Exploration of new and little-known places is one of the hallmarks of adventure, which is what makes these 10 new trips stand out from the rest. Read on to find out how you can visit emerging destinations with veteran explorers and experience some classic destinations in new ways.
The Wilds of Assynt, Scotland
Provider: Wilderness Scotland
Length: Seven days
Not very many places in Western Europe can still be accurately called “wild,” but Assynt in northwest Scotland, a region of finger-shaped lochs, table-top mountains, and empty beaches, promises a remoteness hard to find on the mainland of the Continent. Assynt is part of the North West Highlands UNESCO Geopark, which was designated to protect the area’s geological features, including three-billion-year-old rocks.
“Assynt is among the least populated regions in all of Europe,” says Stevie Christie, director of the award-winning Wilderness Scotland. “In Assynt, you will enjoy true wilderness and everything that comes with that including prolific wildlife such as golden eagles and red deer stags; all day hikes where you won’t see another person; and a freedom and freshness that you don’t find elsewhere.”
After scouting the region for more than 10 years, Christie has designed a hiking tour that takes visitors to some of Assynt’s most beautiful and untouched places. Hiking an average of seven hours a day at a moderate pace, you’ll climb hills like the small but visually impressive Stac Pollaidh, and Suliven, a pillar-shaped peak known as Scotland’s “Sugar Loaf.” Along the coast, you’ll walk past sea stacks (vertical rock columns) and along sandy beaches and have the option to go sea kayaking. One trip highlight comes early on: a boat tour of the Summer Isles, a mostly uninhabited archipelago where you can often spot dolphins and whales. “[This] is a fantastic addition to a regular hiking trip as you get to explore the islands, as well as enjoy unusual vantage points of the mountains you will hike up during the trip,” says Christie.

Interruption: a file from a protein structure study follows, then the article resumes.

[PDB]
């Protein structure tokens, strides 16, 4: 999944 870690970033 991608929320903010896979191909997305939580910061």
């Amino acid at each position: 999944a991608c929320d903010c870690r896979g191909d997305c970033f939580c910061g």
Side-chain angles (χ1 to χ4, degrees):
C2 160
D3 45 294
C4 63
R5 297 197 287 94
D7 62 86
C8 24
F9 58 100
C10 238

Departures are scheduled for June 13, August 8, and September 26. Rates include accommodations, daily breakfast and lunch plus dinner on the first and last night of the trip, ground transportation, the boat trip, and a guide and driver. Most dinners, alcohol, and airfare are extra. Round-trip late September airfare from Newark to Edinburgh, starts at $846, including taxes, through Hotwire. From Edinburgh, you can take a Megabus coach to the trip start point in Inverness for as little as £1.